Please create an account to participate in the Slashdot moderation system

 



Forgot your password?
typodupeerror

Submission + - Intel Caught Cheating in AnTuTu Benchmark To Show-up ARM? (hothardware.com)

MojoKid writes: Recently, industry analysts came forward with the dubious claim that Intel's Clover Trail+ low power processor for mobile devices had somehow seized a massive lead over ARM's products, though there were suspicious discrepancies in the popular AnTuTu benchmark that was utilized to showcase performance. It turns out that the situation is far shadier than initially thought. The version used in testing with the benchmark isn't just tilted to favor Intel — it seems to flat-out cheat to accomplish it. The new 3.3 version of AnTuTu was compiled using Intel's C++ Compiler, while GCC was used for the ARM variants. The Intel code was auto-vectorized, the ARM code wasn't — there are no NEON instructions in the ARM version of the application. Granted, GCC isn't currently very good at auto-vectorization, but NEON is now standard on every Cortex-A9 and Cortex-A15 SoC — and these are the parts people will be benchmarking. But compiler optimizations are just the beginning. Apparently the Intel code deliberately breaks the benchmark's function. At a certain point, it runs a loop that's meant to be performed 32x just once, then reports to the benchmark that the task completed successfully. Now, the optimization in question is part of ICC (the Intel C++ compiler), but was only added recently. It's not the kind of procedure you'd call by accident. AnTuTu has released an updated "new" version of the benchmark in which Intel performance drops back down 20-50%. Systems based on high-end ARM devices again win the benchmark overall, as they did previously.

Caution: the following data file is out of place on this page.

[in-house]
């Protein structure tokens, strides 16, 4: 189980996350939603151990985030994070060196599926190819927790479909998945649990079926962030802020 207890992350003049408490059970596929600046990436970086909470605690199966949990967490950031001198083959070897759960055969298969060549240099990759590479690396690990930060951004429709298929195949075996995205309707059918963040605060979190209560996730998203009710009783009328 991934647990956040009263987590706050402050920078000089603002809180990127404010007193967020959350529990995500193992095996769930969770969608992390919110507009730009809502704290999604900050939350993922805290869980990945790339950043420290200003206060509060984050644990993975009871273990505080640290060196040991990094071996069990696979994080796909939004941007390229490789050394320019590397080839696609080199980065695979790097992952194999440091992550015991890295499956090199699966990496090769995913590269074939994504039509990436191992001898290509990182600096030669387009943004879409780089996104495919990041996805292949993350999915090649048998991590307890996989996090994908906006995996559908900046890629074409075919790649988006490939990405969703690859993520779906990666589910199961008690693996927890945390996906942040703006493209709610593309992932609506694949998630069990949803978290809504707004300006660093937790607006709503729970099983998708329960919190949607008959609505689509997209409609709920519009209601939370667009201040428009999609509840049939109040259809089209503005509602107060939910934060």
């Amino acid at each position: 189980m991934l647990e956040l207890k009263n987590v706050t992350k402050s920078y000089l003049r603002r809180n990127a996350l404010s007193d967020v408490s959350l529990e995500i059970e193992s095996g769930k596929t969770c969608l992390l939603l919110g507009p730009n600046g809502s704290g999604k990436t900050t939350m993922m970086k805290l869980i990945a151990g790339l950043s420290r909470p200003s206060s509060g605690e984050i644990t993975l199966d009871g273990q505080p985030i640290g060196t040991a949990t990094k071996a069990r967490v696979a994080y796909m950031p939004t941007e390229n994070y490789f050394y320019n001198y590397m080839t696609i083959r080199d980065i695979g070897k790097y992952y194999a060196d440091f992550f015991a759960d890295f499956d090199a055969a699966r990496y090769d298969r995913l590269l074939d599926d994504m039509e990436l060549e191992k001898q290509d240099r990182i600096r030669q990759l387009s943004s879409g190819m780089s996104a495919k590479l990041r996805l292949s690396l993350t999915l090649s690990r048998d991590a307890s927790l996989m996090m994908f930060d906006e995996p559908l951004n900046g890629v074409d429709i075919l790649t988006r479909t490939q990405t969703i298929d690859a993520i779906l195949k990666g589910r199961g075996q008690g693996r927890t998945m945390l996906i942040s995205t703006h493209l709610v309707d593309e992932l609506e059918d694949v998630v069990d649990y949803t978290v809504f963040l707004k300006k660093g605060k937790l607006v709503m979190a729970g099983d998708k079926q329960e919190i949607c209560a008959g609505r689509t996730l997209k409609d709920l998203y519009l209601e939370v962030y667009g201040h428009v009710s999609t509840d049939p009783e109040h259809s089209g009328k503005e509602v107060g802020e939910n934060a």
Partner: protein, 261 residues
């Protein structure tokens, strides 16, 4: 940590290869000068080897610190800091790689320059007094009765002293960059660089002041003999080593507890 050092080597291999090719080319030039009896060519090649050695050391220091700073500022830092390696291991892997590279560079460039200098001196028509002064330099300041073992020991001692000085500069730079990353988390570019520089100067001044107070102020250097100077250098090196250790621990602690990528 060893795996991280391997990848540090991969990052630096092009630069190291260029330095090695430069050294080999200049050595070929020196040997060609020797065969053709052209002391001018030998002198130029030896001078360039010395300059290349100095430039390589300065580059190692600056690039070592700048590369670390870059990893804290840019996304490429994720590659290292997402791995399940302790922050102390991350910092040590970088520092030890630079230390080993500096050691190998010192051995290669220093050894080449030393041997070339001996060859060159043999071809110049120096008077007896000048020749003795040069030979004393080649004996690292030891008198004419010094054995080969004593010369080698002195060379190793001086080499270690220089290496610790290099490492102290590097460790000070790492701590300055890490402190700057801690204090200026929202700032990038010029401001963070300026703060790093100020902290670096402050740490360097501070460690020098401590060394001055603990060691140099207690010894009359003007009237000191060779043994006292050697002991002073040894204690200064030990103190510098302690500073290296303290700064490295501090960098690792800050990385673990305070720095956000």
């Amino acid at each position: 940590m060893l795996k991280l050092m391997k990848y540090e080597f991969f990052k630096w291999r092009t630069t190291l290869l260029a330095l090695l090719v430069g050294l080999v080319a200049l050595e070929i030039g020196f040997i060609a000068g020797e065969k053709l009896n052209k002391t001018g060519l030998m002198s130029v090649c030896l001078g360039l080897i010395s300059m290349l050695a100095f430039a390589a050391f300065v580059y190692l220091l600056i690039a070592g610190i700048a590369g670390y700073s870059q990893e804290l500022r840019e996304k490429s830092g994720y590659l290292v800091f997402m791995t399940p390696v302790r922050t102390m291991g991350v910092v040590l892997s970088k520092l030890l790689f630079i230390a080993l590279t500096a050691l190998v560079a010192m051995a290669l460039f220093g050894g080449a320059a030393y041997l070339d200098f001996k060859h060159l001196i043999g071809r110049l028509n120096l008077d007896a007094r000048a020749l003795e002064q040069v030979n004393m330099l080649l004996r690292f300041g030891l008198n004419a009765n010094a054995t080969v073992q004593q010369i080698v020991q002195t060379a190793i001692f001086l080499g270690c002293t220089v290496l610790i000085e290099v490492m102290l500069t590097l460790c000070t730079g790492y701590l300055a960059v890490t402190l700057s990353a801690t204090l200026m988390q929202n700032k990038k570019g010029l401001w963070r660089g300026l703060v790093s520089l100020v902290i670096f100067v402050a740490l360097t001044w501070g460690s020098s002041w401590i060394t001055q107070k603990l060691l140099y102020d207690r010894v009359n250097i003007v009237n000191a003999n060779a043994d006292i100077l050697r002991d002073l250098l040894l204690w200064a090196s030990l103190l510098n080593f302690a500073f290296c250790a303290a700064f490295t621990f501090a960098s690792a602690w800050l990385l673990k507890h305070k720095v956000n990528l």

Submission + - Hidden Microphone found in Ecuadorian Embassy where Julian Assange is holed up (guardian.co.uk)